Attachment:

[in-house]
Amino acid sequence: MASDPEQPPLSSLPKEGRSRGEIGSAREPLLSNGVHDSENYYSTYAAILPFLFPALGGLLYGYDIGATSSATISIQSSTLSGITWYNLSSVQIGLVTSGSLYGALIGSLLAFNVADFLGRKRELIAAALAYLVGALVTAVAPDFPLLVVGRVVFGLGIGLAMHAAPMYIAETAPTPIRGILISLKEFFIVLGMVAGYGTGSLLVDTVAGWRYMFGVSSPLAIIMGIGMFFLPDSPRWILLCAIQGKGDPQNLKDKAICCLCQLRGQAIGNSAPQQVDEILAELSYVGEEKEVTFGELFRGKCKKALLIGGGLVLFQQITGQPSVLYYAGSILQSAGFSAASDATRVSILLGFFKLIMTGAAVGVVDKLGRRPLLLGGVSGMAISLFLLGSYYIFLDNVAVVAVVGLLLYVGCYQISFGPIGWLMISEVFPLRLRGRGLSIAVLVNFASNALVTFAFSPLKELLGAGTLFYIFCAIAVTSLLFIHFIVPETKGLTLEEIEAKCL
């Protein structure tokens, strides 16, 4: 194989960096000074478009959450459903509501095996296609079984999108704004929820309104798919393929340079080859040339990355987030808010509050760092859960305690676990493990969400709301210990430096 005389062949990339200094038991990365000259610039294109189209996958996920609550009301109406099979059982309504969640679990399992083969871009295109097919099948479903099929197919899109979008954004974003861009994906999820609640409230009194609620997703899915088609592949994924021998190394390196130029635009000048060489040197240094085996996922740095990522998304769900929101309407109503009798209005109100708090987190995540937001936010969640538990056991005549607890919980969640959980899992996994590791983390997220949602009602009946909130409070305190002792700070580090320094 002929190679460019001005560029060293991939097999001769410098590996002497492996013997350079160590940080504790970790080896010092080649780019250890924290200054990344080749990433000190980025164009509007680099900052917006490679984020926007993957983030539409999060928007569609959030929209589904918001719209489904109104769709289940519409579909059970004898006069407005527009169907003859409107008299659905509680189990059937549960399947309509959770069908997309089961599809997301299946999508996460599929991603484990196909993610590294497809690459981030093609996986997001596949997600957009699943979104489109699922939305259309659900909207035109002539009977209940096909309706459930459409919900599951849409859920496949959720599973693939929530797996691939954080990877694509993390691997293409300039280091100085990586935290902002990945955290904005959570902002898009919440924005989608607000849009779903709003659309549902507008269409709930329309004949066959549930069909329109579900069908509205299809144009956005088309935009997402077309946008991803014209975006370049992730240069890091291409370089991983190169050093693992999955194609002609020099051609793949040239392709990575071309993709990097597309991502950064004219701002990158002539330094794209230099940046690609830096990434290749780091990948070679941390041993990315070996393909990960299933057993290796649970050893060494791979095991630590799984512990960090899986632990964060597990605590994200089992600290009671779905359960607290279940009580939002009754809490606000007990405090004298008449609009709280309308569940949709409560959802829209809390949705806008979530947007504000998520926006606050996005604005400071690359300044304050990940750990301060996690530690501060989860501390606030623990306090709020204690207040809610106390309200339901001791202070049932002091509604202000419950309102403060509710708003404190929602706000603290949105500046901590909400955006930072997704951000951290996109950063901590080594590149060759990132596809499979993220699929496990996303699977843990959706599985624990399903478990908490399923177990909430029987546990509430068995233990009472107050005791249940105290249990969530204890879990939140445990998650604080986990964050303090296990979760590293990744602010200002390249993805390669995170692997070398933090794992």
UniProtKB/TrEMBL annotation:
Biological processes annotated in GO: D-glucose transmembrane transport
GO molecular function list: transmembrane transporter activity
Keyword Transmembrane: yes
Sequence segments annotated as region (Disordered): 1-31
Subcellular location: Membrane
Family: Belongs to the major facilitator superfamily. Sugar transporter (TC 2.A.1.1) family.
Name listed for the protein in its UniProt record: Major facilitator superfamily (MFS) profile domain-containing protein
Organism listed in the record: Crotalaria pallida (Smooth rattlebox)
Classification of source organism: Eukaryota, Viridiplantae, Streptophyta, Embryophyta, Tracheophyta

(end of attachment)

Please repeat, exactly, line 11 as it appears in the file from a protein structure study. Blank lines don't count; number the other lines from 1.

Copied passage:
Name listed for the protein in its UniProt record: Major facilitator superfamily (MFS) profile domain-containing protein